Oman–United States Free Trade Agreement

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The U.S.-Oman Free Trade Agreement is a trade pact between Oman and the United States. On November 15, 2004, the George W. Bush administration notified the U.S. Congress of its intent to sign a trade agreement with the Middle Eastern Sultanate of Oman. On January 19, 2006 the two countries signed the U.S.-Oman Free Trade Agreement (OFTA), which is part of the Bush administration's strategy to create a US - Middle East Free Trade Area (MEFTA) by 2013.

On June 29, 2006, the U.S. Senate passed OFTA by a vote of 60-34,[1] the fewest "aye" votes in the Senate of any trade bill other than CAFTA. On July 20, 2006, the U.S. House of Representatives passed OFTA by a vote of 221-205, with 7 abstentions.[2] For procedural reasons, the Senate took a second vote on September 19, 2006, and the bill's implementing bill was passed 62-32, with 6 abstentions.[3] In all, the Senate approved the bill 63-37, since all senators voted either "aye" or "nay" in one of the two votes.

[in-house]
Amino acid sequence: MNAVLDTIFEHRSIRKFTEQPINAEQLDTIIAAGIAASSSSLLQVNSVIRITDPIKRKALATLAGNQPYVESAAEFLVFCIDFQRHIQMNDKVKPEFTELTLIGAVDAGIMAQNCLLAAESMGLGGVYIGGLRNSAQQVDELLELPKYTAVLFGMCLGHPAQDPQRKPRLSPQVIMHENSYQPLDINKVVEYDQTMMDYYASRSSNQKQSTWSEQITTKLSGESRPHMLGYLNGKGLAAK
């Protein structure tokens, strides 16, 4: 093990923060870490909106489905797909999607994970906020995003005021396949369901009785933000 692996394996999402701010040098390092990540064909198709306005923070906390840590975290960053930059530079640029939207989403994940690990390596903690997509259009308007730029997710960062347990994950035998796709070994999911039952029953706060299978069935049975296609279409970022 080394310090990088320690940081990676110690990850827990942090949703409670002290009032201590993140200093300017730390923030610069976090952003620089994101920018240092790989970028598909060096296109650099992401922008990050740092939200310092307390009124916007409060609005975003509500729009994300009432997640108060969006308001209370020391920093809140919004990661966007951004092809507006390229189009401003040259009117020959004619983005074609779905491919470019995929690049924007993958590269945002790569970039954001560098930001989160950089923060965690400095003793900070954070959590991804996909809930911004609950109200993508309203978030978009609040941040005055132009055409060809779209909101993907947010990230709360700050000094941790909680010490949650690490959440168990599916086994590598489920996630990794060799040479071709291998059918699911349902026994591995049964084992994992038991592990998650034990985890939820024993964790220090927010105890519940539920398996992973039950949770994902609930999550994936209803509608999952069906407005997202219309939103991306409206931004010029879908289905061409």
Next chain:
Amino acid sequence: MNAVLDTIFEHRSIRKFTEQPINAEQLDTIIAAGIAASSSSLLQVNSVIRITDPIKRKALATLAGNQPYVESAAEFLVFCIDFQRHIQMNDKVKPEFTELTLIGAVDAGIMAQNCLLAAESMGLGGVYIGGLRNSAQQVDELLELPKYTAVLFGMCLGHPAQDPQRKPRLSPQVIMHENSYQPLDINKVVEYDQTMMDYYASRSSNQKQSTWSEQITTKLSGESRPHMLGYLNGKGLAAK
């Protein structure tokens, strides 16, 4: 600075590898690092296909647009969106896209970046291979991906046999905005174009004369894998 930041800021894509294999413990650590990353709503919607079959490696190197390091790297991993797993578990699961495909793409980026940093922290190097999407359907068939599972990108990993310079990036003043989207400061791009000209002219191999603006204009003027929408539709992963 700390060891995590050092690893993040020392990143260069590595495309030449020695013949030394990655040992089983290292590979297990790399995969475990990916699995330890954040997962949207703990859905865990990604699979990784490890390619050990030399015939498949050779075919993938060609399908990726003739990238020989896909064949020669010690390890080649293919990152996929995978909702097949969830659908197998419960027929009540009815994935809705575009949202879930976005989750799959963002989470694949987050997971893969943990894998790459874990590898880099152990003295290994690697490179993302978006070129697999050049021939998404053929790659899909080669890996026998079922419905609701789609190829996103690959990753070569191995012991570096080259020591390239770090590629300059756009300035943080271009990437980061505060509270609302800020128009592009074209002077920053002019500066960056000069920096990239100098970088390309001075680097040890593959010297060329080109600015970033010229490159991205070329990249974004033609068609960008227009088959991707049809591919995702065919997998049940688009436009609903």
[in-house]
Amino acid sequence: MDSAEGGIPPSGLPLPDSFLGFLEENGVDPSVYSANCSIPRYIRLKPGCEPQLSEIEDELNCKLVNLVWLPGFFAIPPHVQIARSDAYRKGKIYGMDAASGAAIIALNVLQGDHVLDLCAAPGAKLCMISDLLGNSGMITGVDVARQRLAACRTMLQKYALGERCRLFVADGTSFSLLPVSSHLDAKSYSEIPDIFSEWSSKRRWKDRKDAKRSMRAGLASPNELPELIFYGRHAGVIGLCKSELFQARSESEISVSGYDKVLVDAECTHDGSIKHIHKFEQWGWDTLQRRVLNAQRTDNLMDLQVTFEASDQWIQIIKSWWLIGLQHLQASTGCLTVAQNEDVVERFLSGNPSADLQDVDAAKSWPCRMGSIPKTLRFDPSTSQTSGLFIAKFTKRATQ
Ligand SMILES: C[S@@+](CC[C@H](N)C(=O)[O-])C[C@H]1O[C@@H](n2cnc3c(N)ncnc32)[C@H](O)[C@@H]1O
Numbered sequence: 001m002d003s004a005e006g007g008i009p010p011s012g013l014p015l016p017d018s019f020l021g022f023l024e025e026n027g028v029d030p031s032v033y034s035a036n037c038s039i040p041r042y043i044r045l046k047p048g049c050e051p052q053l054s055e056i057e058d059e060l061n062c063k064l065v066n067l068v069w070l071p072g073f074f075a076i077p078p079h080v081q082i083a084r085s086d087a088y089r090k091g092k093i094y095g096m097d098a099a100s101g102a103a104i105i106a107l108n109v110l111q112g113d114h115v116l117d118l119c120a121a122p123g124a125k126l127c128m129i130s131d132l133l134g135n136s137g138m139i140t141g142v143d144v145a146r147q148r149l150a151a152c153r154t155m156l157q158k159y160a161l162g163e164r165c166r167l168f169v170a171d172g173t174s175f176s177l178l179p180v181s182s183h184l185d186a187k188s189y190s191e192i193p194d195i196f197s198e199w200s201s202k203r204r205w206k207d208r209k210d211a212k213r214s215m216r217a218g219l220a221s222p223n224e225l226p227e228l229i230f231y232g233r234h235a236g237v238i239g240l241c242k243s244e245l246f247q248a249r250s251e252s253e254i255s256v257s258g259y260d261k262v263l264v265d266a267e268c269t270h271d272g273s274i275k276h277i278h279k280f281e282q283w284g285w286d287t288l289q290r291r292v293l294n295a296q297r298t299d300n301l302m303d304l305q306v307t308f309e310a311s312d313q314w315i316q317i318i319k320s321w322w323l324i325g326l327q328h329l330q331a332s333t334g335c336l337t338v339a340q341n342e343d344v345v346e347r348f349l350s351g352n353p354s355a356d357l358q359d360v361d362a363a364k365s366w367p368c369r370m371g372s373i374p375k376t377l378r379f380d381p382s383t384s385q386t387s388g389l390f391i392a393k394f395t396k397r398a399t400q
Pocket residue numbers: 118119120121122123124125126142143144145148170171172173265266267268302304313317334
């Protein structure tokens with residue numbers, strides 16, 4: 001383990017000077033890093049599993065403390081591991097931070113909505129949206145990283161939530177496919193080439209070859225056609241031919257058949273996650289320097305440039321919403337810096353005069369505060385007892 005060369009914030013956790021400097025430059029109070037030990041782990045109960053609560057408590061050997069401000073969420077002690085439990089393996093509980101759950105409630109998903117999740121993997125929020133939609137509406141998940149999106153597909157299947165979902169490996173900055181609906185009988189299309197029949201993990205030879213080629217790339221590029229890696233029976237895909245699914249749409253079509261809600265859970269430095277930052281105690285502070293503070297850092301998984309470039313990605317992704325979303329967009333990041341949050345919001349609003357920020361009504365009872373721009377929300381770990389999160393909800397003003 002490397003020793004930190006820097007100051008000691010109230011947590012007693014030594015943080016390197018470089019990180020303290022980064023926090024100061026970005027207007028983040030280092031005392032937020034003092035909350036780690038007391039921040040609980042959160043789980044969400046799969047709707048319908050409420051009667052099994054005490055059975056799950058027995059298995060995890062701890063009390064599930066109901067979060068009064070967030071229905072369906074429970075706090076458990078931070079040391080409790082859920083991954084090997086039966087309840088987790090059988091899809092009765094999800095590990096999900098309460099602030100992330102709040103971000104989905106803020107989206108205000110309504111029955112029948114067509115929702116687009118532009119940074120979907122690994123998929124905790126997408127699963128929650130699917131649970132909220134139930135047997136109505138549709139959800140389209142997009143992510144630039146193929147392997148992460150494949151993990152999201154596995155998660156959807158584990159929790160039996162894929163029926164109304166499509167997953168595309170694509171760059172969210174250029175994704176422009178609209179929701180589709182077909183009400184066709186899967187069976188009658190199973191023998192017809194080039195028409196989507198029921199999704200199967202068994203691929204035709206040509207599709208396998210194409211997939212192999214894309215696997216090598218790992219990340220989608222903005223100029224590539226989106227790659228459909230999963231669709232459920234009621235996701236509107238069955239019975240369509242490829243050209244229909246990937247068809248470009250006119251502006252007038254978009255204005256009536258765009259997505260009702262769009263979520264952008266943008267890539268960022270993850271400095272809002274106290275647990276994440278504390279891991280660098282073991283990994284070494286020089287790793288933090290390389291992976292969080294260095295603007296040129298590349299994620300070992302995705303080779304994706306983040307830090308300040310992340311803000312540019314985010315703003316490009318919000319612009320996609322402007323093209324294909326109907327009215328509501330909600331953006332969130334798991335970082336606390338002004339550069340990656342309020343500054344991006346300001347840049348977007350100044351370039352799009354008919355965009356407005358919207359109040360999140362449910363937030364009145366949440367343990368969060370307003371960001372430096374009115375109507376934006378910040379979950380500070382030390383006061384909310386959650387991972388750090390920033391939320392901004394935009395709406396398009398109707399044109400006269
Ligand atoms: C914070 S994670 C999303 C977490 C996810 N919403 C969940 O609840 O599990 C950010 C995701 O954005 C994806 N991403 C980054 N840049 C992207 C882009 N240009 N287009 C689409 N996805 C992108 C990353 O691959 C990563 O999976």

George W. Bush signed the bill into law on September 26, 2006.[4] And on December 29, 2008 signed the proclamation to implement the agreement with effective date of January 1, 2009.[1]

Views in favor of OFTA[edit]

According to the U.S. Trade Representative's office and other proponents of the pact, OFTA is an important step towards reducing barriers to trade in goods and services in Oman.

References[edit]

External links[edit]